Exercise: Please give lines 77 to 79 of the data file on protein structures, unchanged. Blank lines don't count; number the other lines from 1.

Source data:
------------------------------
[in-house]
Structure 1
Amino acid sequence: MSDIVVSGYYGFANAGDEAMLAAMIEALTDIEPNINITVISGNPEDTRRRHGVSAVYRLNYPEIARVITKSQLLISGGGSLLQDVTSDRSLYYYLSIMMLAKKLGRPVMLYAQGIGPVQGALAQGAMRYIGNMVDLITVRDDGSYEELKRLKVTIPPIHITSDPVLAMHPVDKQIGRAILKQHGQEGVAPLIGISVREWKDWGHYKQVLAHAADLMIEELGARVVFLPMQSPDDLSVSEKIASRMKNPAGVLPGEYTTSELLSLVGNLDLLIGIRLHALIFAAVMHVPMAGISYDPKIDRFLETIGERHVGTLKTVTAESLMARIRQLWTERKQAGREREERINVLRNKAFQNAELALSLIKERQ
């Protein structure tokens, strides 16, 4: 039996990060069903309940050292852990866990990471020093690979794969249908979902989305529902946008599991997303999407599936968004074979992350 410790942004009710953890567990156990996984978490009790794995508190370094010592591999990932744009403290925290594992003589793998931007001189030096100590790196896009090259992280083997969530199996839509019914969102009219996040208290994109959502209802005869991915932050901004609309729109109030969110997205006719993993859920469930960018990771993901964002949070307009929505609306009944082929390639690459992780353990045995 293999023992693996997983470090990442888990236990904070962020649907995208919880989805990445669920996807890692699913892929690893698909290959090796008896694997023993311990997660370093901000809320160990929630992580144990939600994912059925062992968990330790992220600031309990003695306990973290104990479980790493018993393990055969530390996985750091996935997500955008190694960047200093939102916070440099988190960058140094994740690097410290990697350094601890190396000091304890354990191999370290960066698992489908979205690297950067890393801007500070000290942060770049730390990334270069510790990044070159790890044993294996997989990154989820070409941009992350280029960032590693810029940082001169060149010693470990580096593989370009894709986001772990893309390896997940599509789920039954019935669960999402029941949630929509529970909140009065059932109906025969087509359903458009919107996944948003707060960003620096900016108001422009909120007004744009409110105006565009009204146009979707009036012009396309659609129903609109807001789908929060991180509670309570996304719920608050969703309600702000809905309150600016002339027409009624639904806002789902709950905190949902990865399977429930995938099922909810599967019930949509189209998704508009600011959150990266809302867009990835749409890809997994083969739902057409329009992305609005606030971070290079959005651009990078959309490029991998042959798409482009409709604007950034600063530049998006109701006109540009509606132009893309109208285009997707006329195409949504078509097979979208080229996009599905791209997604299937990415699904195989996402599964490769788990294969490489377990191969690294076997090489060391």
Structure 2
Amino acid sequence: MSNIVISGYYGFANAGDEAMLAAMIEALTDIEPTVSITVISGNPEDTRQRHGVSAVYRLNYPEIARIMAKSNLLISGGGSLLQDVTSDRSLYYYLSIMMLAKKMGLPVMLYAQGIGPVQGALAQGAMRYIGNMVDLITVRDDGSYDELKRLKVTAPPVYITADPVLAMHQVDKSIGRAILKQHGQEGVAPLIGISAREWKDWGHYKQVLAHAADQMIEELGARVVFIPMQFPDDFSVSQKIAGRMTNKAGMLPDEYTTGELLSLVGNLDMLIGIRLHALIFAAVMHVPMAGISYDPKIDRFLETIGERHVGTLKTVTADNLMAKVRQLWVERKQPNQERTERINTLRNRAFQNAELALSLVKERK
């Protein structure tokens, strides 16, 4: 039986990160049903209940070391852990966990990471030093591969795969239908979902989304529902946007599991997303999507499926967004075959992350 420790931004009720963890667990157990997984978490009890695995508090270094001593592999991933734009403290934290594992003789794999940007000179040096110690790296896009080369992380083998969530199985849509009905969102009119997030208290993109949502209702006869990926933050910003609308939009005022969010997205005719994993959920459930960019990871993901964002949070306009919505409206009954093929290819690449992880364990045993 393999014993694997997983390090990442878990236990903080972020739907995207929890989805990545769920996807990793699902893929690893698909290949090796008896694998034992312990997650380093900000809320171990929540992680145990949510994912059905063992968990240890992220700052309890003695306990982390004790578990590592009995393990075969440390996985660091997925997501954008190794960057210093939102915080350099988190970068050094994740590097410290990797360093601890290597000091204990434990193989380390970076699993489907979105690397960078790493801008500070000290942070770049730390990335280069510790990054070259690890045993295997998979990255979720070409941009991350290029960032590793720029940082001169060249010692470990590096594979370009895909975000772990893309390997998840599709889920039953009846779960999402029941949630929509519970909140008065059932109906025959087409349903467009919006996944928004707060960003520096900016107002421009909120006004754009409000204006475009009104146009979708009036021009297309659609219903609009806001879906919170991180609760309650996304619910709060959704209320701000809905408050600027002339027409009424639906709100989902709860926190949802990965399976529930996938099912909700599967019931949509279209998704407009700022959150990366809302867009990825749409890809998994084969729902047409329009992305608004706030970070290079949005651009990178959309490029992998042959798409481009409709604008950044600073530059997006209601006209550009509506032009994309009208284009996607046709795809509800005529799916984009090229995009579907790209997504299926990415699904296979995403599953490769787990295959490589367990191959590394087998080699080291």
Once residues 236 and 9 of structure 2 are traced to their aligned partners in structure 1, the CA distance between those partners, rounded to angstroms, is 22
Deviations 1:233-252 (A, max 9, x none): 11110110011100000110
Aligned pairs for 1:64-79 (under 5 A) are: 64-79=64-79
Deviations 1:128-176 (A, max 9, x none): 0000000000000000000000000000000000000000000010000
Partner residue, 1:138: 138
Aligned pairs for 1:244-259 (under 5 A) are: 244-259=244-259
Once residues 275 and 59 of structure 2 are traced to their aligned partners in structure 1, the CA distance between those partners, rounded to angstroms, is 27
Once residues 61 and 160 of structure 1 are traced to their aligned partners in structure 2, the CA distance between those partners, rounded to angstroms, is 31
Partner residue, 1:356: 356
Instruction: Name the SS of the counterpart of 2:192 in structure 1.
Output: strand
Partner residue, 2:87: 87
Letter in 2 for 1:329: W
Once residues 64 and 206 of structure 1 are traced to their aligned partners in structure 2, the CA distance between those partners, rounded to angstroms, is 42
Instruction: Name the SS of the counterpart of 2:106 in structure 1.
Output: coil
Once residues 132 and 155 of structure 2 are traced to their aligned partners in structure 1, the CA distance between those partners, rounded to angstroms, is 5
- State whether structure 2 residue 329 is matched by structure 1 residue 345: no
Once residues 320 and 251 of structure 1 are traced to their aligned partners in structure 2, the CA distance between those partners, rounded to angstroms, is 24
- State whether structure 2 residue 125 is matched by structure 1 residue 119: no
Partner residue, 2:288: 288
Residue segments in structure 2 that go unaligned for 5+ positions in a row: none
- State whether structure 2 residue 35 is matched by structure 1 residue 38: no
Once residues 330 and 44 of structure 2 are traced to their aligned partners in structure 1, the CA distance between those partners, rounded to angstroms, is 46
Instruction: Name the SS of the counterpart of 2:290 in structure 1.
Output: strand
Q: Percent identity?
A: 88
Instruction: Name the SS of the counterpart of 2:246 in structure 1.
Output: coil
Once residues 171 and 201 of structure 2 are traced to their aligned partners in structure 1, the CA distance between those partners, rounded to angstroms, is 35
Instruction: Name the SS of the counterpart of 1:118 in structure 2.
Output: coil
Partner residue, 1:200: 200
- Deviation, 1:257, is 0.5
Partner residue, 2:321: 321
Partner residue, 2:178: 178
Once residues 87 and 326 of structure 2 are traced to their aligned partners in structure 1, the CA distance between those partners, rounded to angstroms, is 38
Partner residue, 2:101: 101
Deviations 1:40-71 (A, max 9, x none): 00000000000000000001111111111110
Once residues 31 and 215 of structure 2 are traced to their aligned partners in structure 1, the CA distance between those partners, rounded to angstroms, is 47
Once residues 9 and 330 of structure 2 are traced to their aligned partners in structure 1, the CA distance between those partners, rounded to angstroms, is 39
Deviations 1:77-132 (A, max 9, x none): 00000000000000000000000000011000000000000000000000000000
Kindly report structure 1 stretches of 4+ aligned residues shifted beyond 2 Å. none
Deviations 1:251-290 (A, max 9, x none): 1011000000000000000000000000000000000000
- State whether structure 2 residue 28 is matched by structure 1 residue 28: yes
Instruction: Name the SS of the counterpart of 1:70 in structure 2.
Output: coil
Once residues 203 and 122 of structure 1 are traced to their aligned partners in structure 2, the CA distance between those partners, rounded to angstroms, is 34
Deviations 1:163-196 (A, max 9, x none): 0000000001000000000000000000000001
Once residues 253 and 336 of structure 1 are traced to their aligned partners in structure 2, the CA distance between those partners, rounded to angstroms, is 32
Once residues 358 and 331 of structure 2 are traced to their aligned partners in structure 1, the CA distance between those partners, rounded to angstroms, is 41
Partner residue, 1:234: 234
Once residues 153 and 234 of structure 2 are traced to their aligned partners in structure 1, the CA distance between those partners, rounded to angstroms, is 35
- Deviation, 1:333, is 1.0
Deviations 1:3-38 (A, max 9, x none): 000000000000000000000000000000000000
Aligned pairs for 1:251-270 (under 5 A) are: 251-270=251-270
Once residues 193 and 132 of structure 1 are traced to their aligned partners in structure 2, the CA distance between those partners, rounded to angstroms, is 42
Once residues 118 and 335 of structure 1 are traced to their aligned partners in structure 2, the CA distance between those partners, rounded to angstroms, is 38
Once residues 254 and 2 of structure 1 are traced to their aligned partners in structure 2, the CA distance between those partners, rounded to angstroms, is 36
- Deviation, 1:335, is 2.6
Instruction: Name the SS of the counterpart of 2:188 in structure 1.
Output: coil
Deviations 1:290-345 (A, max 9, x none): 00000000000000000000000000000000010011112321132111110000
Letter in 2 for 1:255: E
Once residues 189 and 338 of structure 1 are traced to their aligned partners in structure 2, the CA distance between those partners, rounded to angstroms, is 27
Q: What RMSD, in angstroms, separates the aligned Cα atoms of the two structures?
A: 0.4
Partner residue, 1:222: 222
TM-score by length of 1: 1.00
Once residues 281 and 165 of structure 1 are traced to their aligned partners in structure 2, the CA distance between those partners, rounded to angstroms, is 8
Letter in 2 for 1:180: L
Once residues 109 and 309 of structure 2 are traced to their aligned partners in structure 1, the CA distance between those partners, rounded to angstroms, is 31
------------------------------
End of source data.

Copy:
TM-score by length of 1: 1.00
Once residues 281 and 165 of structure 1 are traced to their aligned partners in structure 2, the CA distance between those partners, rounded to angstroms, is 8
Letter in 2 for 1:180: L